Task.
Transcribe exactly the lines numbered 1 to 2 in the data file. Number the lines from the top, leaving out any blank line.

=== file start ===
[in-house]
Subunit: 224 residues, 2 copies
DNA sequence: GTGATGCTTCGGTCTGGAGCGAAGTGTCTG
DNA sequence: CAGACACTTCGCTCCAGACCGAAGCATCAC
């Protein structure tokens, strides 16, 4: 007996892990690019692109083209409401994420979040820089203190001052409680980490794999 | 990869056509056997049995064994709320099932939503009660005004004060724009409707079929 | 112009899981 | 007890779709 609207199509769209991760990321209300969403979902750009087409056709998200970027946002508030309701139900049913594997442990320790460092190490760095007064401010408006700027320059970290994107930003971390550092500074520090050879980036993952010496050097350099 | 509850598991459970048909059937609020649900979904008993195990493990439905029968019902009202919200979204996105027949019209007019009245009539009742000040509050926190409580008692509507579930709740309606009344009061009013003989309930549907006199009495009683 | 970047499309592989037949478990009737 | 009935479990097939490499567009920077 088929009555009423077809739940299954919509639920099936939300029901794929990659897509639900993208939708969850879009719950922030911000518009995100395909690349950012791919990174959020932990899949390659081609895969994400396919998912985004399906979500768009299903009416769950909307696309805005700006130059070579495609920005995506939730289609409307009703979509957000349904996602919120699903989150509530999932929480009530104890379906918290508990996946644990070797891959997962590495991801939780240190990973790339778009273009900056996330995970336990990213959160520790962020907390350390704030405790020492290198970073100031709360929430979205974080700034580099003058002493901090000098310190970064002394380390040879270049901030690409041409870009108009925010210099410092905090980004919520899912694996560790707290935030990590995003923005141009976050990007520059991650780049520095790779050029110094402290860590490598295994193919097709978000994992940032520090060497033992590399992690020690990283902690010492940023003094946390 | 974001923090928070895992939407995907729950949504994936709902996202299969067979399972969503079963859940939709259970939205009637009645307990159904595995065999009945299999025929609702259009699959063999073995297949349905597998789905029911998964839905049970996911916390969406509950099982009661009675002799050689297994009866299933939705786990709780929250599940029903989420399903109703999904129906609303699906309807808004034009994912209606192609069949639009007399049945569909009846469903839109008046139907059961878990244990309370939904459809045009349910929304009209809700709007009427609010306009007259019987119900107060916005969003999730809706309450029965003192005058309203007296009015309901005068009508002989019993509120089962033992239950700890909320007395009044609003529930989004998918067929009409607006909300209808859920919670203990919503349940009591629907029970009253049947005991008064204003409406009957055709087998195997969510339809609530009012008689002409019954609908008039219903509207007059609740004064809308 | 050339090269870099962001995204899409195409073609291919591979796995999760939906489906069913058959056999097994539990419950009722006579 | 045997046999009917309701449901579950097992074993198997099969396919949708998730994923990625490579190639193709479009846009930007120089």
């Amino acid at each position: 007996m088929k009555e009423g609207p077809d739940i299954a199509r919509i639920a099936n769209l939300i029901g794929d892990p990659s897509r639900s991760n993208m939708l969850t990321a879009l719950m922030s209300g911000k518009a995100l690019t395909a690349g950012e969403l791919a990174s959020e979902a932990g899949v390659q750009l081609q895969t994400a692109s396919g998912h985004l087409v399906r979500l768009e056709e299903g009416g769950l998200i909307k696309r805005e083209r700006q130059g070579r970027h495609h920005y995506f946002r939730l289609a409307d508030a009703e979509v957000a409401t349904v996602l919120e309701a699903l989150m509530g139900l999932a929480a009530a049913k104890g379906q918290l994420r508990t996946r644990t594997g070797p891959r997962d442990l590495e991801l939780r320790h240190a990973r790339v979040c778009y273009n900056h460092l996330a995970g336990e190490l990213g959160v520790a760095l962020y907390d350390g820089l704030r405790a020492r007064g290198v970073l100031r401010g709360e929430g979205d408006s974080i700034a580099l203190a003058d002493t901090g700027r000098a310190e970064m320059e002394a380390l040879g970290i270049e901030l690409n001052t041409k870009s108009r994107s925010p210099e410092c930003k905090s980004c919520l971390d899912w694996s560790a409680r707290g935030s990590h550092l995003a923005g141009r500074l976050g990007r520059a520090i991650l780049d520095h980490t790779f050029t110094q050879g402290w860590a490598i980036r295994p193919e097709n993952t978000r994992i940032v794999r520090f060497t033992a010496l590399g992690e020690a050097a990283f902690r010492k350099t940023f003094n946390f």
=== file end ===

[in-house]
Subunit: 224 residues, 2 copies